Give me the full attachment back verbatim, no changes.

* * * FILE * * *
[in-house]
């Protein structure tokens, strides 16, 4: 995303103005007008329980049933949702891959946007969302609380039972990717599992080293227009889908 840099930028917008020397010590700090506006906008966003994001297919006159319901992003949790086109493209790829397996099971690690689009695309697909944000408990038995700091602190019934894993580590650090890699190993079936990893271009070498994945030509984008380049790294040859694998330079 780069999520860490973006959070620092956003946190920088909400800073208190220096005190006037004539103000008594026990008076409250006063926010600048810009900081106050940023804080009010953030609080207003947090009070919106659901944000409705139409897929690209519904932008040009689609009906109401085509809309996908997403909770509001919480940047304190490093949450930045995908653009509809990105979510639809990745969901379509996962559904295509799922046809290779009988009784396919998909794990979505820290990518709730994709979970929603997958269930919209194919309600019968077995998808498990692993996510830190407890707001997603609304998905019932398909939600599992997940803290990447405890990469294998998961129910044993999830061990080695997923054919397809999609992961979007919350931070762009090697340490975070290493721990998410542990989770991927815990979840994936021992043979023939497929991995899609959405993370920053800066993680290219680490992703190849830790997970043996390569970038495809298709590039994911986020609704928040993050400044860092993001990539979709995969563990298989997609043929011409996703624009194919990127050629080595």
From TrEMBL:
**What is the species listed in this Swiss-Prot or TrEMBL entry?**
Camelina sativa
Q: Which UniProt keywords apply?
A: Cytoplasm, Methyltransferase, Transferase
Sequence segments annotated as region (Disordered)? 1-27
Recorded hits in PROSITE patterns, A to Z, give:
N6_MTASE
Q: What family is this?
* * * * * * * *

[in-house]
């Protein structure tokens, strides 16, 4: 995303103005007008329980049933949702891959946007969302609380039972990717599992080293227009889908 840099930028917008020397010590700090506006906008966003994001297919006159319901992003949790086109493209790829397996099971690690689009695309697909944000408990038995700091602190019934894993580590650090890699190993079936990893271009070498994945030509984008380049790294040859694998330079 780069999520860490973006959070620092956003946190920088909400800073208190220096005190006037004539103000008594026990008076409250006063926010600048810009900081106050940023804080009010953030609080207003947090009070919106659901944000409705139409897929690209519904932008040009689609009906109401085509809309996908997403909770509001919480940047304190490093949450930045995908653009509809990105979510639809990745969901379509996962559904295509799922046809290779009988009784396919998909794990979505820290990518709730994709979970929603997958269930919209194919309600019968077995998808498990692993996510830190407890707001997603609304998905019932398909939600599992997940803290990447405890990469294998998961129910044993999830061990080695997923054919397809999609992961979007919350931070762009090697340490975070290493721990998410542990989770991927815990979840994936021992043979023939497929991995899609959405993370920053800066993680290219680490992703190849830790997970043996390569970038495809298709590039994911986020609704928040993050400044860092993001990539979709995969563990298989997609043929011409996703624009194919990127050629080595």
From TrEMBL:
**What is the species listed in this Swiss-Prot or TrEMBL entry?**
Camelina sativa
Q: Which UniProt keywords apply?
A: Cytoplasm, Methyltransferase, Transferase
Sequence segments annotated as region (Disordered)? 1-27
Recorded hits in PROSITE patterns, A to Z, give:
N6_MTASE
Q: What family is this?